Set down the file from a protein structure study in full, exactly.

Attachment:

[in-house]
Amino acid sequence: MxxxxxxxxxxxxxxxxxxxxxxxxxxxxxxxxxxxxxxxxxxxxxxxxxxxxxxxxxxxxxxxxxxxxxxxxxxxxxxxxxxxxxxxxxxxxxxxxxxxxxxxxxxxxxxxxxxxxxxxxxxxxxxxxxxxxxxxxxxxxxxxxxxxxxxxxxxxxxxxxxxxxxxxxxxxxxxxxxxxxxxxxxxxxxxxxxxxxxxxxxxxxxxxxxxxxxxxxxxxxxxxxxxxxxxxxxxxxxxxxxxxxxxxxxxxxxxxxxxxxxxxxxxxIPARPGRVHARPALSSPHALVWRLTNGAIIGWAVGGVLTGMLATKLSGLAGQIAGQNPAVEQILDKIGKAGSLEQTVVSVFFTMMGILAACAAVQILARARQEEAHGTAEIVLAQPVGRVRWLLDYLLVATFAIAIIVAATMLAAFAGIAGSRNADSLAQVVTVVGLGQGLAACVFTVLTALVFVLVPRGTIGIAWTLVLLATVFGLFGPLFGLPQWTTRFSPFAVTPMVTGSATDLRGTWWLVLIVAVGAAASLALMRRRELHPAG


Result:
[in-house]
Amino acid sequence: MxxxxxxxxxxxxxxxxxxxxxxxxxxxxxxxxxxxxxxxxxxxxxxxxxxxxxxxxxxxxxxxxxxxxxxxxxxxxxxxxxxxxxxxxxxxxxxxxxxxxxxxxxxxxxxxxxxxxxxxxxxxxxxxxxxxxxxxxxxxxxxxxxxxxxxxxxxxxxxxxxxxxxxxxxxxxxxxxxxxxxxxxxxxxxxxxxxxxxxxxxxxxxxxxxxxxxxxxxxxxxxxxxxxxxxxxxxxxxxxxxxxxxxxxxxxxxxxxxxxxxxxxxxxIPARPGRVHARPALSSPHALVWRLTNGAIIGWAVGGVLTGMLATKLSGLAGQIAGQNPAVEQILDKIGKAGSLEQTVVSVFFTMMGILAACAAVQILARARQEEAHGTAEIVLAQPVGRVRWLLDYLLVATFAIAIIVAATMLAAFAGIAGSRNADSLAQVVTVVGLGQGLAACVFTVLTALVFVLVPRGTIGIAWTLVLLATVFGLFGPLFGLPQWTTRFSPFAVTPMVTGSATDLRGTWWLVLIVAVGAAASLALMRRRELHPAG